In 1900, writer and Smithsonian curator John Elfreth Watkins, Jr., wrote a futuristic article for The Ladies’ Home Journal in which he envisioned “fast-flying refrigerators on land and sea” that would deliver out-of-season produce around the world. He wasn’t too far off—hello strawberries in December.
In the early 1900s, Jean-Marc Côté and other French artists created a series of images depicting innovations of the year 2000, which included an underwater bus pulled by a whale. More than 50 years later, science fiction writer Isaac Asimov described deep-sea cities and “bathyscaphe liners carrying men and supplies across and into the abyss.” While submarines have been around in some form for centuries, underwater cities, unfortunately, are still a flight of fancy.
Thomas Edison, inventor of the light bulb, also harbored some novel ideas about turning base metals into gold. “It will be an easy matter to convert a truckload of iron bars into virgin gold,” he wrote in 1911. It’s 2019, and we’re still waiting for at-home alchemy kits.
Alexander Graham Bell not only invented the telephone, he also predicted the rise of wireless technology. In 1917, the inventor gave a speech at McKinley Manual Training School in Washington, D.C., anticipating “the time when we may be able to talk with a man in any part of the world by telephone and without wires.”
Even in 1923, futurists were eager to solve New York City’s traffic gridlock. Science fiction writer Hugo Gernsback called for “helicars,” seven-passenger vehicles that could rise straight up from the street and travel through the air. Gernsback predicted we'd have helicars floating over our cities by 1973, but they haven't yet materialized—and it's hard to imagine their being anything but yet another type of traffic headache.
Frozen Foods and Speed Cooking
Waldemar Kaempffert, in a 1950 article for Popular Mechanics, predicted that cooking would become a thing of the past. With the help of the burgeoning frozen food industry and an innovative "electronic stove," the woman of the future would be able to thaw a frozen steak in eight seconds and have it ready to eat in two minutes. While that may be super-speedy, Kaempffert's general ideas about convenience foods and fast cooking have certainly come to pass.
In that same 1950 Popular Mechanics article, Kaempffert anticipated the future importance of synthetic fabrics. In fact, he went a bit overboard: He envisioned a living room where all furnishings were made from synthetic fabrics or waterproof plastic, so that when it was time to clean, the woman of the house would simply hose everything down and blow it all dry.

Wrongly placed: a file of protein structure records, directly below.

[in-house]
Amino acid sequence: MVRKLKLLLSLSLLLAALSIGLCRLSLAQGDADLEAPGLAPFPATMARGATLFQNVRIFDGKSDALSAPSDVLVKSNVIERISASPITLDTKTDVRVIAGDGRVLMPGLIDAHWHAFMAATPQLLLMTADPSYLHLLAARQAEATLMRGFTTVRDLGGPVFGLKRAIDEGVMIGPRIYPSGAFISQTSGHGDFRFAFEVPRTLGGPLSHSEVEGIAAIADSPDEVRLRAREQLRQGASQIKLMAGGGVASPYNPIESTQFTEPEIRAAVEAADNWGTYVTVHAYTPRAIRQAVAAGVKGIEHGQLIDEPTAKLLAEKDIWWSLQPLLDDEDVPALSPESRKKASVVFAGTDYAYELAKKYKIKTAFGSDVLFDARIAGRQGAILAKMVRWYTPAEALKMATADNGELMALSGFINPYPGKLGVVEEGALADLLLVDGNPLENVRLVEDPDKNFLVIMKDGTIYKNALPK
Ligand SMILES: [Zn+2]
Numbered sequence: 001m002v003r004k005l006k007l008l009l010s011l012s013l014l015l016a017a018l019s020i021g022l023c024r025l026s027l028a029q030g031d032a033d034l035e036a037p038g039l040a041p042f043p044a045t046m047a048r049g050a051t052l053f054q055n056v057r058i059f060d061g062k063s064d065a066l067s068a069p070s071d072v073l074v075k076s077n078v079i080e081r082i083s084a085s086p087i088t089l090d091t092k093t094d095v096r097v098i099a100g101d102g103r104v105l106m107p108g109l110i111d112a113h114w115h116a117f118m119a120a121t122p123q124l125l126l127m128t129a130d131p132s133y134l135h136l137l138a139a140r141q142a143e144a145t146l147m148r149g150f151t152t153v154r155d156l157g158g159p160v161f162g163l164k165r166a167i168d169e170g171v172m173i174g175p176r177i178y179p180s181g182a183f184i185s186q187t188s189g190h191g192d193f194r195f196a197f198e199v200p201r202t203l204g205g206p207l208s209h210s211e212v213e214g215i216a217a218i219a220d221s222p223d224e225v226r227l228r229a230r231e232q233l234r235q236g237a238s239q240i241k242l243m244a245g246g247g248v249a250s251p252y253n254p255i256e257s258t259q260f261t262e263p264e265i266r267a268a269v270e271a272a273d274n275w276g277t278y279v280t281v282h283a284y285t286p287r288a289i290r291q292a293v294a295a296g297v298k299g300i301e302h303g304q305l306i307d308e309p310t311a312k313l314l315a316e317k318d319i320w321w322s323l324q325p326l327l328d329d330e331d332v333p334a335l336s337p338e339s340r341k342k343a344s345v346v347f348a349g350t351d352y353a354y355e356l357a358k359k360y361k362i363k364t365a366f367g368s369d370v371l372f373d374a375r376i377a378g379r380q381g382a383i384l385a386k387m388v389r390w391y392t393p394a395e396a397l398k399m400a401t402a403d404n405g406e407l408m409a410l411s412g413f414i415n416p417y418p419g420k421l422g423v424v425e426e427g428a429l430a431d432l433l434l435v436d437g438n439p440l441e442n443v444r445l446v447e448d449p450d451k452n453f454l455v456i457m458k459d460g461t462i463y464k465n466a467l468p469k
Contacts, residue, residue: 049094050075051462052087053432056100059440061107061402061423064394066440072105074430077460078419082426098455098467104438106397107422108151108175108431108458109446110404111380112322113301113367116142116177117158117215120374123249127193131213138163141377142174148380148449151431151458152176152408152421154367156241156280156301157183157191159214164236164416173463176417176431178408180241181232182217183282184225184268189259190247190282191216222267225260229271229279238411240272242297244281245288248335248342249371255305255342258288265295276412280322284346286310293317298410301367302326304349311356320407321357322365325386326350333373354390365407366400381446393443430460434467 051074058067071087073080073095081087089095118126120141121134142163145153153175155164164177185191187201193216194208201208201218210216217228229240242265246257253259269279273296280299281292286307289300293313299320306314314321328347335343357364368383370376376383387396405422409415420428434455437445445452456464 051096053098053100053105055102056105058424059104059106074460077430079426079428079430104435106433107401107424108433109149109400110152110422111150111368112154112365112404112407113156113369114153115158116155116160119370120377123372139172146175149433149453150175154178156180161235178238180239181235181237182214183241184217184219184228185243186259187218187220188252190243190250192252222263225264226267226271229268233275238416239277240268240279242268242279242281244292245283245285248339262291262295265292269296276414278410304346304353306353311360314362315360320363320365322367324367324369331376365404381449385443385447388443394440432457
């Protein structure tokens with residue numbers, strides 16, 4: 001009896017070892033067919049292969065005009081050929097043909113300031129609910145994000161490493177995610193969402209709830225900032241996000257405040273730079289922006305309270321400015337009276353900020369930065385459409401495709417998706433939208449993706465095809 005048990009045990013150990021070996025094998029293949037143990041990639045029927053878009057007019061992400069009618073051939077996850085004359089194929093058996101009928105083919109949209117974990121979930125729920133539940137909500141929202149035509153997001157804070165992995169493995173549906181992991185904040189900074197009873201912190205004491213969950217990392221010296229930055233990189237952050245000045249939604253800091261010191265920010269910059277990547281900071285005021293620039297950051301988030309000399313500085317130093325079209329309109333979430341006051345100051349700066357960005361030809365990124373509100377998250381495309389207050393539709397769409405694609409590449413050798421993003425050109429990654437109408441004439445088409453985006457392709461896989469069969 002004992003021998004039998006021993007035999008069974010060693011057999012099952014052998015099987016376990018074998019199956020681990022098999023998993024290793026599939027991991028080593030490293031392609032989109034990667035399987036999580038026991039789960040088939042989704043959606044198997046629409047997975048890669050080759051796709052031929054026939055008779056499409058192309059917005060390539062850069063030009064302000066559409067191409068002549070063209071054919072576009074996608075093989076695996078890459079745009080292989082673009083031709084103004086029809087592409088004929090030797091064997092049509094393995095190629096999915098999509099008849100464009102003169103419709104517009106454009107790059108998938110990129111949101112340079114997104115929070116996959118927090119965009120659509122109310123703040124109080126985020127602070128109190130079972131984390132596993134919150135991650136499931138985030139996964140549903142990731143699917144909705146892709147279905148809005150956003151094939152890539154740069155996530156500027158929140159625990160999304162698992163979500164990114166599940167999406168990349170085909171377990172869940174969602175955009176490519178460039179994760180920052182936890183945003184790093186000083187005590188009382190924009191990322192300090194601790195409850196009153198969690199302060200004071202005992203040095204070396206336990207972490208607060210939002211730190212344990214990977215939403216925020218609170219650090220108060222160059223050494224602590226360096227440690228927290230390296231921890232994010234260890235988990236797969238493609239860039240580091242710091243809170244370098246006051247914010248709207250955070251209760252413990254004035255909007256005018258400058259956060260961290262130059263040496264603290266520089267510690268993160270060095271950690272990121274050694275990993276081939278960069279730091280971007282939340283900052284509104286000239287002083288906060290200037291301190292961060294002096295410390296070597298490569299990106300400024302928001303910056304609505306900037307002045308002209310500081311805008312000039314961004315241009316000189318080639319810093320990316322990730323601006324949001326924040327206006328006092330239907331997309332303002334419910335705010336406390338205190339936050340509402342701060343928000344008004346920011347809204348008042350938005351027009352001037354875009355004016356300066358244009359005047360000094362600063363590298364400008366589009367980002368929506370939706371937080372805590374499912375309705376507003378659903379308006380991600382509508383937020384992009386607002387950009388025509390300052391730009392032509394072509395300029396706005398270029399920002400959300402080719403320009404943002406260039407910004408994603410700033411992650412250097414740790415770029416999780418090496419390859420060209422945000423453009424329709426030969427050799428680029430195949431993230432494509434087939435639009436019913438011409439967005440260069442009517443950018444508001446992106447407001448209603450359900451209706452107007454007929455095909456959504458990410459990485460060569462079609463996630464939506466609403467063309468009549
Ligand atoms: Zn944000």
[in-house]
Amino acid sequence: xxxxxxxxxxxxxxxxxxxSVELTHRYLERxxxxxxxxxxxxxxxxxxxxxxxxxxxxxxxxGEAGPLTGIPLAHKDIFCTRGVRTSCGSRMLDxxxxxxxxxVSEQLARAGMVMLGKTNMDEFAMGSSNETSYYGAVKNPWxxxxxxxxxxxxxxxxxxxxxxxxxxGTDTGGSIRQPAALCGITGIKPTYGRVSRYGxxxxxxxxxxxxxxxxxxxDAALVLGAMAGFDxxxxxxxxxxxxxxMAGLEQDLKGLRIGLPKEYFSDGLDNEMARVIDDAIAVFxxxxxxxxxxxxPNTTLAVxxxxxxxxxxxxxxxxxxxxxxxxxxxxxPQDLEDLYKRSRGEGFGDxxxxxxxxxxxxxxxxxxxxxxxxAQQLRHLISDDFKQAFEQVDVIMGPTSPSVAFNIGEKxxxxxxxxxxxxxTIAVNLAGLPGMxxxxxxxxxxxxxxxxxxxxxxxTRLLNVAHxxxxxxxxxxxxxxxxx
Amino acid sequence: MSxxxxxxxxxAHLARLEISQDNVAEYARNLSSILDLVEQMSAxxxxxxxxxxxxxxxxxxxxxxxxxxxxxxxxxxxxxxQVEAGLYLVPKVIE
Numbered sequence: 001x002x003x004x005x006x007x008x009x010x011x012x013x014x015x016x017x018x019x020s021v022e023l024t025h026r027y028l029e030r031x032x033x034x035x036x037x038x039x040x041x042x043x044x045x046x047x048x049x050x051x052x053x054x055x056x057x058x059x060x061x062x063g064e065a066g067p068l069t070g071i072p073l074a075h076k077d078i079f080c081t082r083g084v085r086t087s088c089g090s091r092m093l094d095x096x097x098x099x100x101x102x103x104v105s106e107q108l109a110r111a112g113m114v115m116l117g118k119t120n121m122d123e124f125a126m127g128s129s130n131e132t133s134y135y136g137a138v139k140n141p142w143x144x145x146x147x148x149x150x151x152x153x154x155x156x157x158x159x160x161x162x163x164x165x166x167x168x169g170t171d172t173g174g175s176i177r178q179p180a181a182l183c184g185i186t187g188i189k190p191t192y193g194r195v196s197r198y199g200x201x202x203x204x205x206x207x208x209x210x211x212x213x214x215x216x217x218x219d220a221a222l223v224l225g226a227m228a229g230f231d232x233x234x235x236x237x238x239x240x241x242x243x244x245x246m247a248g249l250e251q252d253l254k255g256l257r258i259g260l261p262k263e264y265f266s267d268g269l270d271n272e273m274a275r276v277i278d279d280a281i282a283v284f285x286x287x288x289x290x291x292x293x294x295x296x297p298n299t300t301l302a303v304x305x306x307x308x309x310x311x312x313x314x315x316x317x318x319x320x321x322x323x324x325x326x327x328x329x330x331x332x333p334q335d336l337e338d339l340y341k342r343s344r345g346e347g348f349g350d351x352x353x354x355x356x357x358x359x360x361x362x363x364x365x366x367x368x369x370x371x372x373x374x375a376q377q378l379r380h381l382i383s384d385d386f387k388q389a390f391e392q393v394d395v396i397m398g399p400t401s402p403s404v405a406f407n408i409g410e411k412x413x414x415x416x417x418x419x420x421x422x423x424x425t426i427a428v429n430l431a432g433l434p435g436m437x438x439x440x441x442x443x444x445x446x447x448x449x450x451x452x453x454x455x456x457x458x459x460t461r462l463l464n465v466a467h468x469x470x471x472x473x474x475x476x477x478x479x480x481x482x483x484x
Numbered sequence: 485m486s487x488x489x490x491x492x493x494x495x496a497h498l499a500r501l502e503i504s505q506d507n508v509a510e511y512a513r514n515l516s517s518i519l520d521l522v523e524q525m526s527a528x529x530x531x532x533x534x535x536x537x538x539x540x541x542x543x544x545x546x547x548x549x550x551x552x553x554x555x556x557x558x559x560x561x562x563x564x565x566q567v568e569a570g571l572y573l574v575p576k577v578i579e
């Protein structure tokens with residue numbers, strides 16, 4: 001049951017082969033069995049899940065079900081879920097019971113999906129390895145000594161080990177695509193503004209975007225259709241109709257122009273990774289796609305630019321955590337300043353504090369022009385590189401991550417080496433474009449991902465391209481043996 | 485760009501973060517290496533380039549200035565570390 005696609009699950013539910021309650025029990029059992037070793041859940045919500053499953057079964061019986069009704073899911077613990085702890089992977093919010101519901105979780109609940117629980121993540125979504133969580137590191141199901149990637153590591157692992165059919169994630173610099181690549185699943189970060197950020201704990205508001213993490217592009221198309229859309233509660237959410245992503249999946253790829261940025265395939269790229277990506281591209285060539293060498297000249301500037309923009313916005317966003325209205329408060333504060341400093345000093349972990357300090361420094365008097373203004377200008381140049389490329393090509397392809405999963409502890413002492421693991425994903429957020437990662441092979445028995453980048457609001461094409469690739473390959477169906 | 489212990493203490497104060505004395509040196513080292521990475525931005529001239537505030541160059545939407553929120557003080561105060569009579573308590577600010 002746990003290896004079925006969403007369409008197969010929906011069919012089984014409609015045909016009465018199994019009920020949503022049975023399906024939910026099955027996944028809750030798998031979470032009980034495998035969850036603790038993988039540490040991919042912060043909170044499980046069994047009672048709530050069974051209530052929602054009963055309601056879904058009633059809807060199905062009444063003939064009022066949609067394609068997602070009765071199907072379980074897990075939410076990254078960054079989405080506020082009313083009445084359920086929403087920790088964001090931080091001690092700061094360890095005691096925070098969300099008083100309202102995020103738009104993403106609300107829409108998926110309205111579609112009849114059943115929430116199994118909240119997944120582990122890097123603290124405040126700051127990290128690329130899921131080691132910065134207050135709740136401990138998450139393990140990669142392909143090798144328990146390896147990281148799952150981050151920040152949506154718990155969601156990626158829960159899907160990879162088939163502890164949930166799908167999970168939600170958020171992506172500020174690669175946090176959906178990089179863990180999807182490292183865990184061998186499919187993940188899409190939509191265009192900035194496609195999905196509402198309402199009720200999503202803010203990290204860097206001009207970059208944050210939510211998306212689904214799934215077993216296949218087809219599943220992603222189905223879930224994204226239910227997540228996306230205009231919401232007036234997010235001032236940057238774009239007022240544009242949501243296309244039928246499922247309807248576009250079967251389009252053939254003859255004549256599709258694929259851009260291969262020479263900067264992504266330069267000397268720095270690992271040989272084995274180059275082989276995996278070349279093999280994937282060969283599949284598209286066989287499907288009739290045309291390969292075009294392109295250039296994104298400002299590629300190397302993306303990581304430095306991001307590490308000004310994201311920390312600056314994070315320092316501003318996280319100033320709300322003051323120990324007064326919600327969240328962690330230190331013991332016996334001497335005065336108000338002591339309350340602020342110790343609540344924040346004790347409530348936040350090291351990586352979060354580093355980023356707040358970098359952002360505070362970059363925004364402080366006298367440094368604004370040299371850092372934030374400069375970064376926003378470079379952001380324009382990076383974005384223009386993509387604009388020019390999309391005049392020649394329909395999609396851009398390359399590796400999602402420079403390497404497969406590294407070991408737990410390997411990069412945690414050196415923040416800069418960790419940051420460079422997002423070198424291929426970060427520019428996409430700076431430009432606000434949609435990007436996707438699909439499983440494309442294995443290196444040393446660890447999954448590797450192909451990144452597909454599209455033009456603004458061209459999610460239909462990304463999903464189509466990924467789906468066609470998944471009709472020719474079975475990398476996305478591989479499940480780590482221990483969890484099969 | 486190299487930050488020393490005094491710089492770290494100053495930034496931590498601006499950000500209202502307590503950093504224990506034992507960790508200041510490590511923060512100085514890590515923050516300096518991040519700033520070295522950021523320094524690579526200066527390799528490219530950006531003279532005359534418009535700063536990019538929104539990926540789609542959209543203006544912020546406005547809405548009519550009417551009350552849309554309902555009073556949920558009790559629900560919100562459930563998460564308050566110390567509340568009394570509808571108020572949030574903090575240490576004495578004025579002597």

In 1955, Alex Lewyt, president of the Lewyt Vacuum Company, proclaimed that nuclear-powered vacuum cleaners would be a reality in 10 years. Not quite. In 2008, his bold claim was named one of the worst tech predictions of all time.
Back in 1966, Arthur C. Clarke, who is perhaps best known as the author of "2001: A Space Odyssey," tried to imagine what real life in 2001 would look like. His vision included a house that “would have no roots tying it to the ground.” In fact, he thought that whole neighborhoods would migrate—a nod to today's mobile homes, but definitely not a reality.
Universality of Telephony
In 1968, the Foreign Policy Association met in midtown Manhattan for a conference entitled “Toward the Year 2018.” While most of their predictions (for example, an "anti-gravity belt") never came to pass, some of the attendees did anticipate just how ubiquitous telephones would be in our lives.
The 1979 book "Future Cities" offered a glimpse into homes of the 21st century, which promised delights like holographic recorders and "screen walls." While holographic recorders are not yet part of the well-equipped living room, flat-screen TVs have become an essential trapping of modern life.
Related: How To: Mount a Flat-Panel TV
Thanks to Frances Gabe, we have a prototype for a self-cleaning home. In 1984, the artist and inventor received a patent for a house that could wash and dry itself by means of sprinklers in the ceiling and jets of warm air. As she noted in a 1981 interview with The Baltimore Sun, "You can talk all you like about women’s liberation, but houses are still designed so women have to spend half their time on their knees…” Gabe set out to change that.
The Internet Will Fail
Nowadays, it’s almost impossible to imagine our lives without the Internet, but even the most future-forward innovations meet with resistance. In 1995, astronomer Clifford Stoll wrote an article for Newsweek declaring that the Internet would die within a year. He’s since said, “Wrong? Yep.”
Related: 50 Great Gadgets for a Smarter Home
Get the help you need for the home you want—sign up for the Bob Vila newsletter today!